“Simply, we added a latex glove that you use to apply the product, and that automatically takes that item and turns it into a new ASIN or listing,” Hintz said. “All of a sudden, you have this product that no one really in the market has.”
Zmuda said Zebra took this approach for their brand as well, developing unique material differences in their products.
Hintz said unauthorized sellers won’t take the time to do differentials such as bundling products, adding a polybag, or a stamp of quality, which puts you in a good place to regain control of your product.
“If you just throw a little bit of ad dollars behind that, all of a sudden you’ve got your new listing that’s outperforming the previous one, and you’re basically killing the opportunity for anyone to sell on it,” Hintz said.
Selective distribution and quality control policies
According to George Hatch, Marketplace Director at Pattern, one of the more serious steps brands may need to take to regain control of their brand online is reassess their distribution agreements and see where they can become more selective.
“Brands need to figure out how to get their arms around distribution agreements, who’s allowed to sell where and when, and really create a playbook, in essence, as to who controls how the brand rolls out and who has authorization,” Hatch said.
One of the ways Zebra regained control was to consult with a legal team and enact quality control policies that allowed them to distinguish between authorized sellers of their product and those they didn’t know anything about. Zebra also picked a single authorized third-party seller.
“I’m a firm believer that for a particular category of product, you should have one seller, otherwise right out of the gate, you’re very over-distributed and sort of competing amongst yourself by having multiple sellers on such a vertical marketplace,” Zmuda said.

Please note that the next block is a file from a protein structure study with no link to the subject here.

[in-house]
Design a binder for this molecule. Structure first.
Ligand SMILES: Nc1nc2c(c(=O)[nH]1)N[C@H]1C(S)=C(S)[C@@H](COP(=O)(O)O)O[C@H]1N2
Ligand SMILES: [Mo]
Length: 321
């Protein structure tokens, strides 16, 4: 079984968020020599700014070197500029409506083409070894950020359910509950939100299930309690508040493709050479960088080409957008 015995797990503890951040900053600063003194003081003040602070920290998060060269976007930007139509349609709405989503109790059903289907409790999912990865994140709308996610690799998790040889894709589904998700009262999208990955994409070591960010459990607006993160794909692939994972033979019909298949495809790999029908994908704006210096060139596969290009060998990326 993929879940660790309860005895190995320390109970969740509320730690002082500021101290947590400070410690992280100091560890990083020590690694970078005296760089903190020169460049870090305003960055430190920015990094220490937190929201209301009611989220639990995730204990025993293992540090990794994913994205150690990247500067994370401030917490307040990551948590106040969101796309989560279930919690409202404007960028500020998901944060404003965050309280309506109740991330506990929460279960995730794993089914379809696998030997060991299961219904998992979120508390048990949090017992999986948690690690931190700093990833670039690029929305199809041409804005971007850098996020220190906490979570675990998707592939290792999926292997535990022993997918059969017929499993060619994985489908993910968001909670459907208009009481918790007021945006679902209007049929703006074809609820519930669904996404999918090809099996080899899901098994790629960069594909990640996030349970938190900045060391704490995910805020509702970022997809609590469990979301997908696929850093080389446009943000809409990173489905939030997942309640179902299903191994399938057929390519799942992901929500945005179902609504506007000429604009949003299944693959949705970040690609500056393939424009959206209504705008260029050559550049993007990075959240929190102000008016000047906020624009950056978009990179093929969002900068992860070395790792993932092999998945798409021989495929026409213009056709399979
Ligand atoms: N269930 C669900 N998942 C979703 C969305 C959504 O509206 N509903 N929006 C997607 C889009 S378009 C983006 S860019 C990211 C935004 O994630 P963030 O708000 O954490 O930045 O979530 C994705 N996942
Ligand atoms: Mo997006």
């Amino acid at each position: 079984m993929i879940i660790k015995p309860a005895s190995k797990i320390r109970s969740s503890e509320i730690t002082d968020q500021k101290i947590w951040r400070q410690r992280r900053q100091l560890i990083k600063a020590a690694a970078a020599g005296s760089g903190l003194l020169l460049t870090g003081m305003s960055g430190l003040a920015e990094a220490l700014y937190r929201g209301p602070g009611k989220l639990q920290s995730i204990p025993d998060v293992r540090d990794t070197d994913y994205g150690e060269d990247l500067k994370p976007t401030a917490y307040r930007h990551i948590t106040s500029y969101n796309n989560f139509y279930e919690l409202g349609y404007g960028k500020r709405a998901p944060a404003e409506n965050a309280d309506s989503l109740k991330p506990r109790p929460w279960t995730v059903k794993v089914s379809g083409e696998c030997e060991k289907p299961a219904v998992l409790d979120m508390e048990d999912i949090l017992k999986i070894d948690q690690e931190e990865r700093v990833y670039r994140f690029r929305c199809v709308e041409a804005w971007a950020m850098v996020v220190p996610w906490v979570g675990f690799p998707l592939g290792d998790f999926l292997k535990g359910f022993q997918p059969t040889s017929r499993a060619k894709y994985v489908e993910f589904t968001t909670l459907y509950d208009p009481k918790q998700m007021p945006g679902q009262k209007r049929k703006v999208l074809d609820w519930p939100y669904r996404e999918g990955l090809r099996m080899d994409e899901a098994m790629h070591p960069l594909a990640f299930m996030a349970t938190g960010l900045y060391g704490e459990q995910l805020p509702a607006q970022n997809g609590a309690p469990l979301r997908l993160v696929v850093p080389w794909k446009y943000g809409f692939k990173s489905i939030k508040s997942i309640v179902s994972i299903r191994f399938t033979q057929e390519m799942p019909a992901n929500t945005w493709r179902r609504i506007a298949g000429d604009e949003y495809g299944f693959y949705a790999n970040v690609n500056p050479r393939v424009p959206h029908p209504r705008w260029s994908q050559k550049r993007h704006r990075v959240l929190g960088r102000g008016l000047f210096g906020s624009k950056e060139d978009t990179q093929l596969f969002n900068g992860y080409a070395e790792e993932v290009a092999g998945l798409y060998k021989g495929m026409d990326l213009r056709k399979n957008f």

Challenges you might face
Cleaning up your market space can create some challenges. You may need to have difficult conversations with channel partners and even cut them off.
“We have brands that we work with that have some of their largest distributors that were leaking product and breaking some of their agreements, and so they made the hard decision to cut them off for 90 days,” Hintz said.
Though that experience wasn’t pleasant for the brand, it cleaned up 50% of the marketplace immediately.
“It’s hard to quantify at first, because it looks like a loss, but I think when you do the math correctly, in the sense that you’re looking at the bigger picture and what you’re actually losing, a sense of eroded prices or slender markets, you’re probably going to have a bigger win,” Hintz said.
How to begin
Zmuda said one of the first steps to implement changes is educate stakeholders on what’s happening so they see the problem. Zebra worked with an expert who pulled data on their company to show them what was happening. They learned from that data that they had 250 plus sellers representing their product who they’d never heard of before or who were selling their product anonymously. From that point, they were able to proceed with regaining control.
Brands like Pattern can supply buyers with the information they need to start regaining control of their brand. This includes details like how much of the Buy Box you’re losing, who you’re losing to, which third-party unauthorized sellers are undercutting your business, and where they’re getting profit.
To learn more about how you can take back brand control, contact us through the form below.